Growing Pains

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Poetry Show Review: Tears of a Baby Maker

Poetry Show Review: Tears of a Baby Maker

A young man walks onto the stage and boldly proclaims that he is a rapist. At the audience’s shocked gasp, he reiterates, “Yes, I am a rapist!”

And then he proceeds to blame everyone else but him, as rapists are wont to do. The way she dressed, his own upbringing and society at large. He even blames biology. And then he walks off the stage and the audience is left in shock. Such was the caliber of the poetry in this show.

Tears of a Baby Maker was a poetry show I attended a couple of weeks ago that was organised by Yamba, a group of young people who, as their name suggests, want to help. The show was a fundraising effort for the pregnant teenage mothers in Masaka, a district in Uganda.

The show featured various poets and had a consistent story line throughout. Love and all it’s problems. From the feelings of infatuation. One with a priest, another with her first love. There was poetry about cheesy love and puppy love. Frustration about high school girls and how that love goes. And then it got darker, touching on the pain of being a woman and the heartbreak found in life.

The show featured on a myriad of topics that affect women today. From infatuation, to love, to sex, to abortion and domestic violence. The two hours I spent were not wasted at all. And the money I paid was way too little.

Mukama Kevin Rushokye

One of the most powerful performances of the day was the poem that showed the path of two different girls who grew up together. One wealthy, the other poor. One goes off to school and the other is married off. That pain, that struggle, and the guilt the wealthy one has for leaving her friend behind is well conveyed by Loretta and Hindu. It was an emotional poem that has stuck with me two weeks after watching the show. These young poets are going places.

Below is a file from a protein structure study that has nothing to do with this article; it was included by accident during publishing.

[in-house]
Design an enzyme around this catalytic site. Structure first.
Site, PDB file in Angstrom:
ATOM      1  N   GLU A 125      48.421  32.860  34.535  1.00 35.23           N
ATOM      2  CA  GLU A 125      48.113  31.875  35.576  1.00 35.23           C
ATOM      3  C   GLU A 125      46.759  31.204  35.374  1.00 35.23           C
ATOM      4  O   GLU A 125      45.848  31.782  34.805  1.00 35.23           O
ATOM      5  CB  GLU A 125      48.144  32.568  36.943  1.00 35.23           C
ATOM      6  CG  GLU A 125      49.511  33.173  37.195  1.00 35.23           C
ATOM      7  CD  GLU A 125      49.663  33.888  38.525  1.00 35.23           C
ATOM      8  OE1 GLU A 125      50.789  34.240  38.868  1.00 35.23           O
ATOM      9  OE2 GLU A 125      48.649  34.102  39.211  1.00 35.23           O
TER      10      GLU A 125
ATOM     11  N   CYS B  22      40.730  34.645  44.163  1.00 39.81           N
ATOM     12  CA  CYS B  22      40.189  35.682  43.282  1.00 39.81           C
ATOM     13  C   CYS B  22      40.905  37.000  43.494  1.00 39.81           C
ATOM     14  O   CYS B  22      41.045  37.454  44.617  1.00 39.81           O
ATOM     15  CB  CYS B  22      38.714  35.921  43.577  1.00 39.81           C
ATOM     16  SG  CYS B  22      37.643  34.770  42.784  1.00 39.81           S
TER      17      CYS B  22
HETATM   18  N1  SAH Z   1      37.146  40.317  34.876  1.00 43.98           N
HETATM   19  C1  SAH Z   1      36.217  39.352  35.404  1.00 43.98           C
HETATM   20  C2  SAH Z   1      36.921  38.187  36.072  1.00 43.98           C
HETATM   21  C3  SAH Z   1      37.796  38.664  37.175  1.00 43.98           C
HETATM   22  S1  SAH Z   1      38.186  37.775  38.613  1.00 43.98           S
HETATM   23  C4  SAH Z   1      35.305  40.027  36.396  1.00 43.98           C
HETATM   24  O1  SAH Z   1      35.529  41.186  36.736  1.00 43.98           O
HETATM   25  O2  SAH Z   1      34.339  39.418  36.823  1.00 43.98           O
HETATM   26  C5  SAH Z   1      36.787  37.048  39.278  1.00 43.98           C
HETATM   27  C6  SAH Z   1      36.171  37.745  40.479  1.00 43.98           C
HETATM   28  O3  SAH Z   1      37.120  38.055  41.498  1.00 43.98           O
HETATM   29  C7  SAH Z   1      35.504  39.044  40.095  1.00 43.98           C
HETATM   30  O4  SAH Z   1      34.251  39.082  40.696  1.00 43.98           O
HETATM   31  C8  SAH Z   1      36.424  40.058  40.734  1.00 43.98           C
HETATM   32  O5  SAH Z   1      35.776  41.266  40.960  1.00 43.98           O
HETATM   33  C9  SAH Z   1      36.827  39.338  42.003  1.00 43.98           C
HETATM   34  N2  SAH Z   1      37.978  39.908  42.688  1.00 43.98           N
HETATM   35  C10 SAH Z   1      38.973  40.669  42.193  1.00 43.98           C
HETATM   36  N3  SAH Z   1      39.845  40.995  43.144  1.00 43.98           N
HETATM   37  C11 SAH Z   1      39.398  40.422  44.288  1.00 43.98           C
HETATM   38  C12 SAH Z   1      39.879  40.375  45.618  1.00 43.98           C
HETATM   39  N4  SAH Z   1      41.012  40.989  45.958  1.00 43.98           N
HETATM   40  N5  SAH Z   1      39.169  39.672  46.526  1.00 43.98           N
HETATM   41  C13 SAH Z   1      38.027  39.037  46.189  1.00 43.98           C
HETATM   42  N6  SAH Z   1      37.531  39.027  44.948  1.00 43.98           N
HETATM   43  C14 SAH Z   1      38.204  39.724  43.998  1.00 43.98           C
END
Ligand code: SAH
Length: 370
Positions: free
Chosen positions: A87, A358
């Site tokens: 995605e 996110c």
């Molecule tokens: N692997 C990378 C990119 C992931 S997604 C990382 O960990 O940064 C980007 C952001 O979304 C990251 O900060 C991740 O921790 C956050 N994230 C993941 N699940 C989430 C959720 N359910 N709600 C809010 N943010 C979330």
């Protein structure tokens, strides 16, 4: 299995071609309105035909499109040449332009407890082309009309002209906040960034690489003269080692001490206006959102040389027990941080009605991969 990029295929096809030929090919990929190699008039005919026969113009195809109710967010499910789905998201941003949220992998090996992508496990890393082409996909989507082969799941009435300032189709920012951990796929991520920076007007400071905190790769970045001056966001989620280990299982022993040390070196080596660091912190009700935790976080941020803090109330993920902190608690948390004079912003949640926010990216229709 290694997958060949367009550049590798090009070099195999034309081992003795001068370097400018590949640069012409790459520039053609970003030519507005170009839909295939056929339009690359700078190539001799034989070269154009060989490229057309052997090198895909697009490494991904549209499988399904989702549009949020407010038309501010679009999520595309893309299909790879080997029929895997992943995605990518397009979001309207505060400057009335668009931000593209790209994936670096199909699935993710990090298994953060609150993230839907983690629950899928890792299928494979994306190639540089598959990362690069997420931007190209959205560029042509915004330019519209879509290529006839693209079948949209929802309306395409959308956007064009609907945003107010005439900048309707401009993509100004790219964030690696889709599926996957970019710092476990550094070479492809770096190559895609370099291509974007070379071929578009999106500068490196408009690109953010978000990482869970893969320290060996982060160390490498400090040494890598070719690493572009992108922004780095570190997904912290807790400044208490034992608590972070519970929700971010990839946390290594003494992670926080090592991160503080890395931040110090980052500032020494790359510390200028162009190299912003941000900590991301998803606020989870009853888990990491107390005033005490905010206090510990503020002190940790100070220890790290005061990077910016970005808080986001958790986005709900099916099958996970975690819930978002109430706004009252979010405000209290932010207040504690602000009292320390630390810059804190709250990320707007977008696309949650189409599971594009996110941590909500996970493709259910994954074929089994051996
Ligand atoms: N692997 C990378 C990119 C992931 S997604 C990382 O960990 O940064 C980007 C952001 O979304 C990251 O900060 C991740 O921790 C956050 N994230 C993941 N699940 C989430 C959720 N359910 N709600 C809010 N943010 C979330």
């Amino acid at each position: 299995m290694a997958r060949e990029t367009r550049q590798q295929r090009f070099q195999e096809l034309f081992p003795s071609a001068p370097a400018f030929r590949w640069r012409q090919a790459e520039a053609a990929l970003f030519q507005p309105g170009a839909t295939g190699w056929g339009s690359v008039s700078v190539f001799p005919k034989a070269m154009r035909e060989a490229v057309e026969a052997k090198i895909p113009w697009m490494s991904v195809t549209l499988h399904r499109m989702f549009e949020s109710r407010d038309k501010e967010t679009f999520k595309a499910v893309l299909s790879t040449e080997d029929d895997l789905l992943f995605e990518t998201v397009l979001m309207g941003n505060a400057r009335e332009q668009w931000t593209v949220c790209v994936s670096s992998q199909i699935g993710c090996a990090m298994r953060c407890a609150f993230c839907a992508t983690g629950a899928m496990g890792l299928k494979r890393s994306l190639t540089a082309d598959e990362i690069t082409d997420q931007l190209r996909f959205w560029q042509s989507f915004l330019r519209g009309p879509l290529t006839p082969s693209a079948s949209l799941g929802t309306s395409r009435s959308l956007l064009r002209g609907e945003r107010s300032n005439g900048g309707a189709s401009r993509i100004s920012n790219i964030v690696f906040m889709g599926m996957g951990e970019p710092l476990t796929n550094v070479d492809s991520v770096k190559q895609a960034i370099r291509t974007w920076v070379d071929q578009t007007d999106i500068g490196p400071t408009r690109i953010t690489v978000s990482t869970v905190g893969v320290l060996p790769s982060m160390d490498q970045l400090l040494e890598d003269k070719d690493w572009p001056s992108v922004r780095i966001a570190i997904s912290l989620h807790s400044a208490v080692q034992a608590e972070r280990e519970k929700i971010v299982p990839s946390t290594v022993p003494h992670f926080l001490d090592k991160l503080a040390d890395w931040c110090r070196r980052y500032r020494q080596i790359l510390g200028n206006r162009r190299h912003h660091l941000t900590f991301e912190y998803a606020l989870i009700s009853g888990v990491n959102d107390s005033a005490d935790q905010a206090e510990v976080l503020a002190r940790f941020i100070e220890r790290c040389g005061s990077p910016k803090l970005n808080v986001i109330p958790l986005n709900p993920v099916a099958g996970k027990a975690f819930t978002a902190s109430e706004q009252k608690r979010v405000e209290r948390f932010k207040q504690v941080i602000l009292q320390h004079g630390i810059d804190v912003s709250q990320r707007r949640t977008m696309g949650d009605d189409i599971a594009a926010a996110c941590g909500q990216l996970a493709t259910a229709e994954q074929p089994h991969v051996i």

Interspersed within the poetry performances were musical performances by up and coming artists. Sort of like interludes from all the emotion on the stage.

The show was produced by Loretta Kansiime and as she gave the closing speech she asked, “what if we all did too much?”

And indeed, what if we all did too much, wouldn’t the world be a much better place? What if we all woke up and asked the question, what can I do today to make someone’s day better?

The show’s proceeds benefitted the mothers who became mothers way before their time. And if you want to help these mothers, get in touch with Loretta. Let’s all do too much.

Mad people with a celeb poet.
Myself, Loretta, and Gloria

5 thoughts on “Poetry Show Review: Tears of a Baby Maker

  1. You are already attending poetry shows again, rape is something, Ugandan poets lately use to communicate the graveness of a situation from young peots like Lus the Poet to Dr. Stella Nyanzi. The moment I hear it I get very attentive

  2. Mbu celeb poet 😂
    Awesome review. Wouldn’t have put it any better myself. Loretta is really a talented soul when it comes to spoken word. She wrote the poem I performed. Humbled.
    Thanks for this Mable

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